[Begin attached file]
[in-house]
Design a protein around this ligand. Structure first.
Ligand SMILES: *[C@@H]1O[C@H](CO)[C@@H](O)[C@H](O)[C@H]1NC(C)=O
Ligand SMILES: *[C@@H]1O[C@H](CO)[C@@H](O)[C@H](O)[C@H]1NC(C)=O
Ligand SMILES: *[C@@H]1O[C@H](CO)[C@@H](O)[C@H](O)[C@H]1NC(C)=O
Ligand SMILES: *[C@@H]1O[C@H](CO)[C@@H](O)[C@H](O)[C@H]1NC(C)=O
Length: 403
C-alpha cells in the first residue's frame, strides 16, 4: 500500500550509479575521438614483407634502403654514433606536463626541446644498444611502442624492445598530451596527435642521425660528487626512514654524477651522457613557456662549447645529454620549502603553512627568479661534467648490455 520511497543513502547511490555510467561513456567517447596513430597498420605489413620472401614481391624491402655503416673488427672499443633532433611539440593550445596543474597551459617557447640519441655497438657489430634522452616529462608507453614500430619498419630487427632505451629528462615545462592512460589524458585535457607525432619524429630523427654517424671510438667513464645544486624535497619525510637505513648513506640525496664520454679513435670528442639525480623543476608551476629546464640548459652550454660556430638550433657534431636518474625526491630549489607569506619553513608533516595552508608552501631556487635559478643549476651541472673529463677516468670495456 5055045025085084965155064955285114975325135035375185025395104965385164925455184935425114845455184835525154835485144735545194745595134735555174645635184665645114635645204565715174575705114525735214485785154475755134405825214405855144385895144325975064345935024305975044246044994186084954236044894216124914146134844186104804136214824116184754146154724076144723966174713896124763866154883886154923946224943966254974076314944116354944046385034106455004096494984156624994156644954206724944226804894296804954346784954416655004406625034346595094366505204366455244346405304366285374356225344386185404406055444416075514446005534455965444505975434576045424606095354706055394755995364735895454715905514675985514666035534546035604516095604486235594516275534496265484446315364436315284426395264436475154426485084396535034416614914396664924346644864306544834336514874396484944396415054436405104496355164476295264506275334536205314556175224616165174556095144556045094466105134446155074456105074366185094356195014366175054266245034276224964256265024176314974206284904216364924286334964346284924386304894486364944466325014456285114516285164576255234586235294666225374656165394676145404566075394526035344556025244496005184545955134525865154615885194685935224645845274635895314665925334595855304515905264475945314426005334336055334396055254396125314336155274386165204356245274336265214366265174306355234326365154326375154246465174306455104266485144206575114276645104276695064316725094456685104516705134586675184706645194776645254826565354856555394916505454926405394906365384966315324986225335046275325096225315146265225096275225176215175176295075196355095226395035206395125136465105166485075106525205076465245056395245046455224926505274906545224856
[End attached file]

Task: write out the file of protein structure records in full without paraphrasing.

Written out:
[in-house]
Design a protein around this ligand. Structure first.
Ligand SMILES: *[C@@H]1O[C@H](CO)[C@@H](O)[C@H](O)[C@H]1NC(C)=O
Ligand SMILES: *[C@@H]1O[C@H](CO)[C@@H](O)[C@H](O)[C@H]1NC(C)=O
Ligand SMILES: *[C@@H]1O[C@H](CO)[C@@H](O)[C@H](O)[C@H]1NC(C)=O
Ligand SMILES: *[C@@H]1O[C@H](CO)[C@@H](O)[C@H](O)[C@H]1NC(C)=O
Length: 403
C-alpha cells in the first residue's frame, strides 16, 4: 500500500550509479575521438614483407634502403654514433606536463626541446644498444611502442624492445598530451596527435642521425660528487626512514654524477651522457613557456662549447645529454620549502603553512627568479661534467648490455 520511497543513502547511490555510467561513456567517447596513430597498420605489413620472401614481391624491402655503416673488427672499443633532433611539440593550445596543474597551459617557447640519441655497438657489430634522452616529462608507453614500430619498419630487427632505451629528462615545462592512460589524458585535457607525432619524429630523427654517424671510438667513464645544486624535497619525510637505513648513506640525496664520454679513435670528442639525480623543476608551476629546464640548459652550454660556430638550433657534431636518474625526491630549489607569506619553513608533516595552508608552501631556487635559478643549476651541472673529463677516468670495456 5055045025085084965155064955285114975325135035375185025395104965385164925455184935425114845455184835525154835485144735545194745595134735555174645635184665645114635645204565715174575705114525735214485785154475755134405825214405855144385895144325975064345935024305975044246044994186084954236044894216124914146134844186104804136214824116184754146154724076144723966174713896124763866154883886154923946224943966254974076314944116354944046385034106455004096494984156624994156644954206724944226804894296804954346784954416655004406625034346595094366505204366455244346405304366285374356225344386185404406055444416075514446005534455965444505975434576045424606095354706055394755995364735895454715905514675985514666035534546035604516095604486235594516275534496265484446315364436315284426395264436475154426485084396535034416614914396664924346644864306544834336514874396484944396415054436405104496355164476295264506275334536205314556175224616165174556095144556045094466105134446155074456105074366185094356195014366175054266245034276224964256265024176314974206284904216364924286334964346284924386304894486364944466325014456285114516285164576255234586235294666225374656165394676145404566075394526035344556025244496005184545955134525865154615885194685935224645845274635895314665925334595855304515905264475945314426005334336055334396055254396125314336155274386165204356245274336265214366265174306355234326365154326375154246465174306455104266485144206575114276645104276695064316725094456685104516705134586675184706645194776645254826565354856555394916505454926405394906365384966315324986225335046275325096225315146265225096275225176215175176295075196355095226395035206395125136465105166485075106525205076465245056395245046455224926505274906545224856